Chew on This: Mind Mapping
What it is:
My Mind Map:
Mind mapping was introduced to me by my friend Alfa when I was struggling with how to think of my GoErinGo blog. I wasn’t sure if it was a hobby or a budding business and how much time and resources to put into it.
The mind mapping exercise helped me think about GoErinGo as my playground, where I could experiment with writing and other creative ideas and form new friends – basically have fun! As such, it was more than a hobby (something to invest in), but still a place where I could push my own boundaries and allow myself free expression. This “playground” idea really helped me crystallize my thinking.
Mind Map Tools:
I downloaded some free mind mapping software to help me with the exercise, but free-hand drawing helped me think best – most intuitively. The drawing help me free associate and build the linkages between the ideas that I was trying to organize.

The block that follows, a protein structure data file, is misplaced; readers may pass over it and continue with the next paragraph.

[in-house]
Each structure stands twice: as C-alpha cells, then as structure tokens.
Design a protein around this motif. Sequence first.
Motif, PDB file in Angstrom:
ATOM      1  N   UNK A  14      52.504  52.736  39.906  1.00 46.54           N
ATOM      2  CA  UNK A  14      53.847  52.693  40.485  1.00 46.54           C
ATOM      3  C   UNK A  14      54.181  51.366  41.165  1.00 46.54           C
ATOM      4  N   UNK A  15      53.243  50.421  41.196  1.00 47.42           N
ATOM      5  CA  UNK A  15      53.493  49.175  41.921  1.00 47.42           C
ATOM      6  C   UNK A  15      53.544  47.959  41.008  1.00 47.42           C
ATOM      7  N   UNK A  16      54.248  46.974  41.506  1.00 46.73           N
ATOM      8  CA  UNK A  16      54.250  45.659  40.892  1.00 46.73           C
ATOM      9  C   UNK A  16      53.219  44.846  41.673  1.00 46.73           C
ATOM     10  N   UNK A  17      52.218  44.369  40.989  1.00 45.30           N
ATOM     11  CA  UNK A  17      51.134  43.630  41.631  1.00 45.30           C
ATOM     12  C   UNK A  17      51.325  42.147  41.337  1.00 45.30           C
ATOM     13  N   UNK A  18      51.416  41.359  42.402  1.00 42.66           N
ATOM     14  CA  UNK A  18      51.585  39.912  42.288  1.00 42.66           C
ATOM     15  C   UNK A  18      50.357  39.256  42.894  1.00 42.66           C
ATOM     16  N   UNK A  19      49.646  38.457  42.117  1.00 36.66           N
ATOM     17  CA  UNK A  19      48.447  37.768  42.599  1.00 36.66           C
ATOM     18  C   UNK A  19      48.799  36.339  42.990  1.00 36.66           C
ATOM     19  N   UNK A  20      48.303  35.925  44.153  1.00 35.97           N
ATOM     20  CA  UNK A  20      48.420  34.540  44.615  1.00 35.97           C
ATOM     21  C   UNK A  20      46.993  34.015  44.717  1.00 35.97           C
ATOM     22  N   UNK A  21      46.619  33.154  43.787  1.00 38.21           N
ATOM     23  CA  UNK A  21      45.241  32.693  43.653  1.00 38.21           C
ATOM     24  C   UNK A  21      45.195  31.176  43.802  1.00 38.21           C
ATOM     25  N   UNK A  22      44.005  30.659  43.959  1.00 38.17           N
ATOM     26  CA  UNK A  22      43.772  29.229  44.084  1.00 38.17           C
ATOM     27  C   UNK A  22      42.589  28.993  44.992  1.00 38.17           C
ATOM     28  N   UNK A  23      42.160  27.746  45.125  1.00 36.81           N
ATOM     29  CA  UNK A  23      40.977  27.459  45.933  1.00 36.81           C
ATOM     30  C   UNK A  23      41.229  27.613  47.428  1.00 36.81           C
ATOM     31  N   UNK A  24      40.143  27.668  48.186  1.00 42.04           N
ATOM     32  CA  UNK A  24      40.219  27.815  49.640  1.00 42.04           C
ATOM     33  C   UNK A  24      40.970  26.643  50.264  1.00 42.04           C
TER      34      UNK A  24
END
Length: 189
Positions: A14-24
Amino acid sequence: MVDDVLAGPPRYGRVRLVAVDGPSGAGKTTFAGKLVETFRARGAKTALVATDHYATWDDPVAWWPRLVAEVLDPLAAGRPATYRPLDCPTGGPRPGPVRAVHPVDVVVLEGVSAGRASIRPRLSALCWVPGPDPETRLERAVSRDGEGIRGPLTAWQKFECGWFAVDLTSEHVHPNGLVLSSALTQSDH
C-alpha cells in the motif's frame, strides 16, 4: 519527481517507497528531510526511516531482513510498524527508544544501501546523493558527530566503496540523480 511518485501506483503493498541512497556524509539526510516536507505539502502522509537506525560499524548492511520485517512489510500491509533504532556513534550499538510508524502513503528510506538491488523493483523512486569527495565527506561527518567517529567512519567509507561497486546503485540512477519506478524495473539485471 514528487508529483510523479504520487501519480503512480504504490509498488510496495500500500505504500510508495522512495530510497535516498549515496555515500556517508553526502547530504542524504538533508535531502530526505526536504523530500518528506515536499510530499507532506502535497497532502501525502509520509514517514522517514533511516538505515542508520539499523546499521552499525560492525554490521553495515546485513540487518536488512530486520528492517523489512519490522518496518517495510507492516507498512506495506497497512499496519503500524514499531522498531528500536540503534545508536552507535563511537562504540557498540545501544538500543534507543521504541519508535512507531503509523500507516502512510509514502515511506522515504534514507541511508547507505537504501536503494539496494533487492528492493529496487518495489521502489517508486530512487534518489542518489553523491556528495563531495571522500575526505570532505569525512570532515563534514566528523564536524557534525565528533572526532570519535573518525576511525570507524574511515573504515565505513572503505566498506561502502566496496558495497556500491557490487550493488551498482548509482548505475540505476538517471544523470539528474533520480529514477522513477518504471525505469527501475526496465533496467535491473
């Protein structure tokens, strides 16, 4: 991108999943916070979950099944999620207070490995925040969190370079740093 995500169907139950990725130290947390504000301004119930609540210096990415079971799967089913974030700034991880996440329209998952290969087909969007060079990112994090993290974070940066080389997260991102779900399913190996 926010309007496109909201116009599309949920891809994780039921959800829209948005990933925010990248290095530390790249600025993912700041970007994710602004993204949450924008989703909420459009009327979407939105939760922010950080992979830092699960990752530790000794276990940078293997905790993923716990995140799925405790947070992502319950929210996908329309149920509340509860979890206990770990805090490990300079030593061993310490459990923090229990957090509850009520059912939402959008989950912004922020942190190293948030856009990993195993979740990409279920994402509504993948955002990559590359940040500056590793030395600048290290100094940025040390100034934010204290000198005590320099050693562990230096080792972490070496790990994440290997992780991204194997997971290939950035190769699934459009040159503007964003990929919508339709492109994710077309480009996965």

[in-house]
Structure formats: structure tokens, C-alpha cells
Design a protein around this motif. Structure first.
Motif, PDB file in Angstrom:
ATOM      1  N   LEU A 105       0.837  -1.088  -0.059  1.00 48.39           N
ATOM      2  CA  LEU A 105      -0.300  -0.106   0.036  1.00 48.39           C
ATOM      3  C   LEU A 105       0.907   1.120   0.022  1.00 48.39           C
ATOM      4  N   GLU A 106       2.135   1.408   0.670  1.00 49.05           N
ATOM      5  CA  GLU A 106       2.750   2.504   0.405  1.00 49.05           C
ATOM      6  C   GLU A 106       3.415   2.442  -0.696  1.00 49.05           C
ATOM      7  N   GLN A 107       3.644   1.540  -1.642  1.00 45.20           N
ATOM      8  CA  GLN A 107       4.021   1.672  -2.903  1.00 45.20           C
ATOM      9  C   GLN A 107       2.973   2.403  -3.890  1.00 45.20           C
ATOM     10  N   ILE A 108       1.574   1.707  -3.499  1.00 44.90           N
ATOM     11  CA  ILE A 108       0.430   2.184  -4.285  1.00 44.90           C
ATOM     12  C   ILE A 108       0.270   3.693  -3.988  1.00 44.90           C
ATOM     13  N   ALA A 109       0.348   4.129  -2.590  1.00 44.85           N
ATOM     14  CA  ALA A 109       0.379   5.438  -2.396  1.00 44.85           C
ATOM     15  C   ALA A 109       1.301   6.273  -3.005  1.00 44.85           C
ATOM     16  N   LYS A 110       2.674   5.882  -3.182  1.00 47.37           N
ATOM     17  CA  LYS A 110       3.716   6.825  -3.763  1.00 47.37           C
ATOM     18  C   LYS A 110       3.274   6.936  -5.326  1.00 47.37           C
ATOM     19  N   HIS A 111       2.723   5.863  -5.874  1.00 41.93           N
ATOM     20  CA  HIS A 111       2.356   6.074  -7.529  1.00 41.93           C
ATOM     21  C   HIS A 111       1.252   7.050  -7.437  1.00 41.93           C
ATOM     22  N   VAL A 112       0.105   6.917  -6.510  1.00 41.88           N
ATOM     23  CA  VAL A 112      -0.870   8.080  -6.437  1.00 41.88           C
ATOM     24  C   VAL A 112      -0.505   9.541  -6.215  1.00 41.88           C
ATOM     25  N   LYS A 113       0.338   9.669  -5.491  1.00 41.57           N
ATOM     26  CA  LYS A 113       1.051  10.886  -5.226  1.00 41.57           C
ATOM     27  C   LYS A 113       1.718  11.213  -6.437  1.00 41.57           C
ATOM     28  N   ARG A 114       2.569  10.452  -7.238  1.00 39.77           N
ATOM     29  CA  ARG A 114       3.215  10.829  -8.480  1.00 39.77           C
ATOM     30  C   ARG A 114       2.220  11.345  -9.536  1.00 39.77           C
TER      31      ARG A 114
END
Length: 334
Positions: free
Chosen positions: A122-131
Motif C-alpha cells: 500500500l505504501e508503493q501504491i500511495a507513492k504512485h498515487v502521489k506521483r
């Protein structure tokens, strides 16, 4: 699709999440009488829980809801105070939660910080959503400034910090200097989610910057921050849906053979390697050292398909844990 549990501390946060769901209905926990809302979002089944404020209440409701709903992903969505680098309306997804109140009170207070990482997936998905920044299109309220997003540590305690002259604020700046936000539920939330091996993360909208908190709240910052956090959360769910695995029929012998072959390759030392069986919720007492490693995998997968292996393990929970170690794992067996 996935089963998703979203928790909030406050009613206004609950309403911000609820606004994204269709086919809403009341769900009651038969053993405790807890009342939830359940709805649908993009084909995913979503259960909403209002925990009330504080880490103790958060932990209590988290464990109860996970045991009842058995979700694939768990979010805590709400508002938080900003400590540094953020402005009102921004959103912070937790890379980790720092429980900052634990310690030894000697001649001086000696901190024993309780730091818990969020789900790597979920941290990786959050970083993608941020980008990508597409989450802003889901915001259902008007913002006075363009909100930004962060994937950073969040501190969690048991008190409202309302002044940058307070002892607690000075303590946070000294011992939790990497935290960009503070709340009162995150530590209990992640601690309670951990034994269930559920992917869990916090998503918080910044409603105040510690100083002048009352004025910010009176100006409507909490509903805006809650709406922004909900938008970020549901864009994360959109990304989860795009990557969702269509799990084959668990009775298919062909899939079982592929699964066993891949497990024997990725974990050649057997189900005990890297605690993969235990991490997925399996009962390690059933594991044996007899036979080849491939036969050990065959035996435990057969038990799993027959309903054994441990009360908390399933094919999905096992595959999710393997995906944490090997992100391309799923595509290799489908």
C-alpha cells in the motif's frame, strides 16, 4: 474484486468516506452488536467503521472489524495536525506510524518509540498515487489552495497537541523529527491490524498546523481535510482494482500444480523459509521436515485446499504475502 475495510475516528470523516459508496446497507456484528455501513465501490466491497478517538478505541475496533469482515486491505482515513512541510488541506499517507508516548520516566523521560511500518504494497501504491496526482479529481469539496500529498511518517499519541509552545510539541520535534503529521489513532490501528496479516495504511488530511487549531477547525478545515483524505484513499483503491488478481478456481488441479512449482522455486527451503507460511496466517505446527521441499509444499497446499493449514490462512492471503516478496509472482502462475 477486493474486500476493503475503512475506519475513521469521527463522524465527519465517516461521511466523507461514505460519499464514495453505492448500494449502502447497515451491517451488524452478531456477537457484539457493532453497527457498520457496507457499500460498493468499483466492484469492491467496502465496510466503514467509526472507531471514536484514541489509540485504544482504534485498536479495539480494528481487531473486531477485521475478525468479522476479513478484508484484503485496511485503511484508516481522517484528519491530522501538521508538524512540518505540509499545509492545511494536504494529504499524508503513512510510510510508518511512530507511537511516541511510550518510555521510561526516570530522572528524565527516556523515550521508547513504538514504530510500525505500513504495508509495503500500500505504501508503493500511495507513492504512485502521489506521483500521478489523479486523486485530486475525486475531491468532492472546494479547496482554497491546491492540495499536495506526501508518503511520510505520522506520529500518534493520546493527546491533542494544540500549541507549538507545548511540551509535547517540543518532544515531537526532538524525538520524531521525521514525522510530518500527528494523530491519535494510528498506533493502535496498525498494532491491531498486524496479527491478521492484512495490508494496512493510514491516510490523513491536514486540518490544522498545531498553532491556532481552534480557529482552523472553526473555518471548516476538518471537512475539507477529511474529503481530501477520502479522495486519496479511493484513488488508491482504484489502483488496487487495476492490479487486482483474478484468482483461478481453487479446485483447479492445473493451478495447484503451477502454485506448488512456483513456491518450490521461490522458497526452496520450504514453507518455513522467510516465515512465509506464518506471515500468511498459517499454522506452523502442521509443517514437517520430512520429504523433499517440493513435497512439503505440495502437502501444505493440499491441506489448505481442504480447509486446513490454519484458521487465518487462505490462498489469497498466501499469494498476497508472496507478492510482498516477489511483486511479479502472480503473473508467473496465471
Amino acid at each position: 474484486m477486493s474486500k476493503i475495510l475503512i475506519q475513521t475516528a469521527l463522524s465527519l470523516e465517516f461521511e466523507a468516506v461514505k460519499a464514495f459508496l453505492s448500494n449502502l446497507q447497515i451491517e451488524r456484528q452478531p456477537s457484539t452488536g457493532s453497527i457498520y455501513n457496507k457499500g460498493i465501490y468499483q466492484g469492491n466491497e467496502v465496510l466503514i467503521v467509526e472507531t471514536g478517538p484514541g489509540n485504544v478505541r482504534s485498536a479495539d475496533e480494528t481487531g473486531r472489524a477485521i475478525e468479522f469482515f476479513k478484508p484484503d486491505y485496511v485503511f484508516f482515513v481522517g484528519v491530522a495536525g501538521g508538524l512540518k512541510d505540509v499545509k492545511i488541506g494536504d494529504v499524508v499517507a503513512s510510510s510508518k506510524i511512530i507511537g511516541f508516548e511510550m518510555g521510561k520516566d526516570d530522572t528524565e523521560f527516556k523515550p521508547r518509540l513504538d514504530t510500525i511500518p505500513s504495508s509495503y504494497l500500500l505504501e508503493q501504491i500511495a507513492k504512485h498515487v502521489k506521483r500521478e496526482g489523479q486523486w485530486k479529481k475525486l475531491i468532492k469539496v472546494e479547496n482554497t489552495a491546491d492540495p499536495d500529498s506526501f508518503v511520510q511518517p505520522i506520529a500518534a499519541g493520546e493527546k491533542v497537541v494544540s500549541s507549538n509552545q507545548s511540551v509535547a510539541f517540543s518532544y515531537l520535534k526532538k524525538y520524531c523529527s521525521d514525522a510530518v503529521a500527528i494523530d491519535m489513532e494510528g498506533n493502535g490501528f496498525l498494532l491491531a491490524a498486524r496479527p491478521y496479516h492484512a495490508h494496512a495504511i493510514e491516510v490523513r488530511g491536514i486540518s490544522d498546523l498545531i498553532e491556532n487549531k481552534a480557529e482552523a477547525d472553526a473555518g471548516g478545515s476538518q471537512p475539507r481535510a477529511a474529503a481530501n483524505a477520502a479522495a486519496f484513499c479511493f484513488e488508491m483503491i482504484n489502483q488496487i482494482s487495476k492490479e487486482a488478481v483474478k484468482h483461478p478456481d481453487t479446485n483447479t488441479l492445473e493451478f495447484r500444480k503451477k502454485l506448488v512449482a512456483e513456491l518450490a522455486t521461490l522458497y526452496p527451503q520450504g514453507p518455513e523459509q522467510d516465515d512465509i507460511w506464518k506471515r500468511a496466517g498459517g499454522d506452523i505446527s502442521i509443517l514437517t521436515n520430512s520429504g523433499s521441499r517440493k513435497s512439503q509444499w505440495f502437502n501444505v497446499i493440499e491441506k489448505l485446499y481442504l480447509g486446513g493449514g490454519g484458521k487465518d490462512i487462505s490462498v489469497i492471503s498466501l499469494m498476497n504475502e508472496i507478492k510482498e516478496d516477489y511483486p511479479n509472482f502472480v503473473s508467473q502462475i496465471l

That’s really the gist behind mind mapping: to promote non-linear thinking about ideas and thoughts and feelings. It’s supposed to help you view your world through a new perspective. I think it works.
In fact, I’m undergoing another mind mapping exercise – this time to help me prioritize my personal life. I bought a new set of colored pencils, now if only inspiration would strike!
10 Tips to Get Going:
If you’re interested, Tony Buzan, author of several books on mind mapping, provides these guidelines for creating a Mind Map:
• Start in the center with an image of the topic, using at least 3 colors.
• Use images, symbols, codes, and dimensions throughout your Mind Map.
• Select key words and print using upper or lower case letters.
• Each word/image is best alone and sitting on its own line.
• The lines should be connected, starting from the central image. The central lines are thicker, organic and flowing, becoming thinner as they radiate out from the centre.
• Make the lines the same length as the word/image they support.
• Use multiple colors throughout the Mind Map, for visual stimulation and also to encode or group.
• Develop your own personal style of Mind Mapping.
• Use emphasis and show associations in your Mind Map.
• Keep the Mind Map clear by using radial hierarchy, numerical order or outlines to embrace your branches.
Tags: Mind Mapping
This entry was posted on Sunday, August 15th, 2010 and is filed under Erin Then.